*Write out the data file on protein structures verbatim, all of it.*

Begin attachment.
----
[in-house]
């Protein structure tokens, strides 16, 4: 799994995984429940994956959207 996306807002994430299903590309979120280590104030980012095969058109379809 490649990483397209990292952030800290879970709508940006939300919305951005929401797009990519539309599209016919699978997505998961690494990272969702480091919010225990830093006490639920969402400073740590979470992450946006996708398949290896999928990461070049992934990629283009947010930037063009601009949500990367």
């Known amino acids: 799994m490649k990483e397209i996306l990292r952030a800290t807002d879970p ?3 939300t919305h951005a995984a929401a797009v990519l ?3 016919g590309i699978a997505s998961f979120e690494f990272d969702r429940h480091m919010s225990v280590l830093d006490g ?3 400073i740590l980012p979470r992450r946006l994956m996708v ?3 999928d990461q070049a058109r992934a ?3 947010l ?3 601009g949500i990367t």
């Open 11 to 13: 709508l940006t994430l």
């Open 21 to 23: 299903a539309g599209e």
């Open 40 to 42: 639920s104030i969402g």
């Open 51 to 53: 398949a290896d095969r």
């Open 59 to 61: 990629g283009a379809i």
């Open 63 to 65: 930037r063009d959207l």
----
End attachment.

[in-house]
């Protein structure tokens, strides 16, 4: 799994995984429940994956959207 996306807002994430299903590309979120280590104030980012095969058109379809 490649990483397209990292952030800290879970709508940006939300919305951005929401797009990519539309599209016919699978997505998961690494990272969702480091919010225990830093006490639920969402400073740590979470992450946006996708398949290896999928990461070049992934990629283009947010930037063009601009949500990367």
């Known amino acids: 799994m490649k990483e397209i996306l990292r952030a800290t807002d879970p ?3 939300t919305h951005a995984a929401a797009v990519l ?3 016919g590309i699978a997505s998961f979120e690494f990272d969702r429940h480091m919010s225990v280590l830093d006490g ?3 400073i740590l980012p979470r992450r946006l994956m996708v ?3 999928d990461q070049a058109r992934a ?3 947010l ?3 601009g949500i990367t």
């Open 11 to 13: 709508l940006t994430l």
């Open 21 to 23: 299903a539309g599209e």
């Open 40 to 42: 639920s104030i969402g």
């Open 51 to 53: 398949a290896d095969r």
């Open 59 to 61: 990629g283009a379809i």
């Open 63 to 65: 930037r063009d959207l």